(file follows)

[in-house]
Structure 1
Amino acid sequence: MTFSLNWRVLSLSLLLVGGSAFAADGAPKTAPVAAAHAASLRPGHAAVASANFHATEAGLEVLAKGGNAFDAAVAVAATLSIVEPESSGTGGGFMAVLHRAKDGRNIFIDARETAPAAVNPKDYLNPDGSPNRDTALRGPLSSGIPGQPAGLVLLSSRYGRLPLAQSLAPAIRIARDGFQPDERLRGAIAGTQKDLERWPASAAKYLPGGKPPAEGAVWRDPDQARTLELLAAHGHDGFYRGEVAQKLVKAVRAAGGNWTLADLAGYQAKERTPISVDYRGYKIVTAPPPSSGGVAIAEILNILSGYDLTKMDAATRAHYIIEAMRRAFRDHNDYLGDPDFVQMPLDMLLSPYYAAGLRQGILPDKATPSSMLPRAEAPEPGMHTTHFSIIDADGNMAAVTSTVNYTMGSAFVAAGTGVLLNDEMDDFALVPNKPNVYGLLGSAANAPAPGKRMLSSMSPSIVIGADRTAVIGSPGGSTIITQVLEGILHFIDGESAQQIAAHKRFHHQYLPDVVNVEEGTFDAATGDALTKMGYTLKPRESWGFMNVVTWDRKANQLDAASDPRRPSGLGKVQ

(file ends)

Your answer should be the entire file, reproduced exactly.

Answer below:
[in-house]
Structure 1
Amino acid sequence: MTFSLNWRVLSLSLLLVGGSAFAADGAPKTAPVAAAHAASLRPGHAAVASANFHATEAGLEVLAKGGNAFDAAVAVAATLSIVEPESSGTGGGFMAVLHRAKDGRNIFIDARETAPAAVNPKDYLNPDGSPNRDTALRGPLSSGIPGQPAGLVLLSSRYGRLPLAQSLAPAIRIARDGFQPDERLRGAIAGTQKDLERWPASAAKYLPGGKPPAEGAVWRDPDQARTLELLAAHGHDGFYRGEVAQKLVKAVRAAGGNWTLADLAGYQAKERTPISVDYRGYKIVTAPPPSSGGVAIAEILNILSGYDLTKMDAATRAHYIIEAMRRAFRDHNDYLGDPDFVQMPLDMLLSPYYAAGLRQGILPDKATPSSMLPRAEAPEPGMHTTHFSIIDADGNMAAVTSTVNYTMGSAFVAAGTGVLLNDEMDDFALVPNKPNVYGLLGSAANAPAPGKRMLSSMSPSIVIGADRTAVIGSPGGSTIITQVLEGILHFIDGESAQQIAAHKRFHHQYLPDVVNVEEGTFDAATGDALTKMGYTLKPRESWGFMNVVTWDRKANQLDAASDPRRPSGLGKVQ